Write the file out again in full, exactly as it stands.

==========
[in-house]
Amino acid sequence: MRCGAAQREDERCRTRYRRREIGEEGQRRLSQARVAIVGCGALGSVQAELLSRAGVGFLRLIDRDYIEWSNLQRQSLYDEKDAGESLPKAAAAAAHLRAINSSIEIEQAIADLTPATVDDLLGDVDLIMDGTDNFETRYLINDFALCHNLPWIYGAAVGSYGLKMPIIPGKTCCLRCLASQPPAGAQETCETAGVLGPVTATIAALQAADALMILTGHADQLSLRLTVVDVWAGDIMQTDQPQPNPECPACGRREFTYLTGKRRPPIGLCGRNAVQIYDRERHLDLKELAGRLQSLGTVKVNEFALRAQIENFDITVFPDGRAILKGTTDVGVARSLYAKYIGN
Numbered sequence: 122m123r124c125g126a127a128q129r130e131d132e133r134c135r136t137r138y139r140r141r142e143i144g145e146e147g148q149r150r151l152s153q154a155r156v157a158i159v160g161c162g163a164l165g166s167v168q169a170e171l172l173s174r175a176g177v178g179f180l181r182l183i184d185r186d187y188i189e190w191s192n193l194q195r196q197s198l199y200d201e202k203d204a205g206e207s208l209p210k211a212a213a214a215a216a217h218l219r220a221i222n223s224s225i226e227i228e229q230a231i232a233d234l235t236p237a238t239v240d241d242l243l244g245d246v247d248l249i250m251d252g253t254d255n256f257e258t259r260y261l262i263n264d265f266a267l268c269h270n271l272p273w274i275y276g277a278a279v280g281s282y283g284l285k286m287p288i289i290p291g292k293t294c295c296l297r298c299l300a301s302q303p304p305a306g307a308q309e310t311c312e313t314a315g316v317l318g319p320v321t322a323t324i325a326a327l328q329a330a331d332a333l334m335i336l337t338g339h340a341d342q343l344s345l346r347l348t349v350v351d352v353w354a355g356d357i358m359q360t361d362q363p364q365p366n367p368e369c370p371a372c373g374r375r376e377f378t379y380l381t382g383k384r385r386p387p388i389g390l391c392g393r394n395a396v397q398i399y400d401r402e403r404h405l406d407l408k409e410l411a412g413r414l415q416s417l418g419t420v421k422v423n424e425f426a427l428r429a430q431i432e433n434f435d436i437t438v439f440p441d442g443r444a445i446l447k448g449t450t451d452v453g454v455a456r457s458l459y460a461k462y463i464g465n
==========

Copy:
[in-house]
Amino acid sequence: MRCGAAQREDERCRTRYRRREIGEEGQRRLSQARVAIVGCGALGSVQAELLSRAGVGFLRLIDRDYIEWSNLQRQSLYDEKDAGESLPKAAAAAAHLRAINSSIEIEQAIADLTPATVDDLLGDVDLIMDGTDNFETRYLINDFALCHNLPWIYGAAVGSYGLKMPIIPGKTCCLRCLASQPPAGAQETCETAGVLGPVTATIAALQAADALMILTGHADQLSLRLTVVDVWAGDIMQTDQPQPNPECPACGRREFTYLTGKRRPPIGLCGRNAVQIYDRERHLDLKELAGRLQSLGTVKVNEFALRAQIENFDITVFPDGRAILKGTTDVGVARSLYAKYIGN
Numbered sequence: 122m123r124c125g126a127a128q129r130e131d132e133r134c135r136t137r138y139r140r141r142e143i144g145e146e147g148q149r150r151l152s153q154a155r156v157a158i159v160g161c162g163a164l165g166s167v168q169a170e171l172l173s174r175a176g177v178g179f180l181r182l183i184d185r186d187y188i189e190w191s192n193l194q195r196q197s198l199y200d201e202k203d204a205g206e207s208l209p210k211a212a213a214a215a216a217h218l219r220a221i222n223s224s225i226e227i228e229q230a231i232a233d234l235t236p237a238t239v240d241d242l243l244g245d246v247d248l249i250m251d252g253t254d255n256f257e258t259r260y261l262i263n264d265f266a267l268c269h270n271l272p273w274i275y276g277a278a279v280g281s282y283g284l285k286m287p288i289i290p291g292k293t294c295c296l297r298c299l300a301s302q303p304p305a306g307a308q309e310t311c312e313t314a315g316v317l318g319p320v321t322a323t324i325a326a327l328q329a330a331d332a333l334m335i336l337t338g339h340a341d342q343l344s345l346r347l348t349v350v351d352v353w354a355g356d357i358m359q360t361d362q363p364q365p366n367p368e369c370p371a372c373g374r375r376e377f378t379y380l381t382g383k384r385r386p387p388i389g390l391c392g393r394n395a396v397q398i399y400d401r402e403r404h405l406d407l408k409e410l411a412g413r414l415q416s417l418g419t420v421k422v423n424e425f426a427l428r429a430q431i432e433n434f435d436i437t438v439f440p441d442g443r444a445i446l447k448g449t450t451d452v453g454v455a456r457s458l459y460a461k462y463i464g465n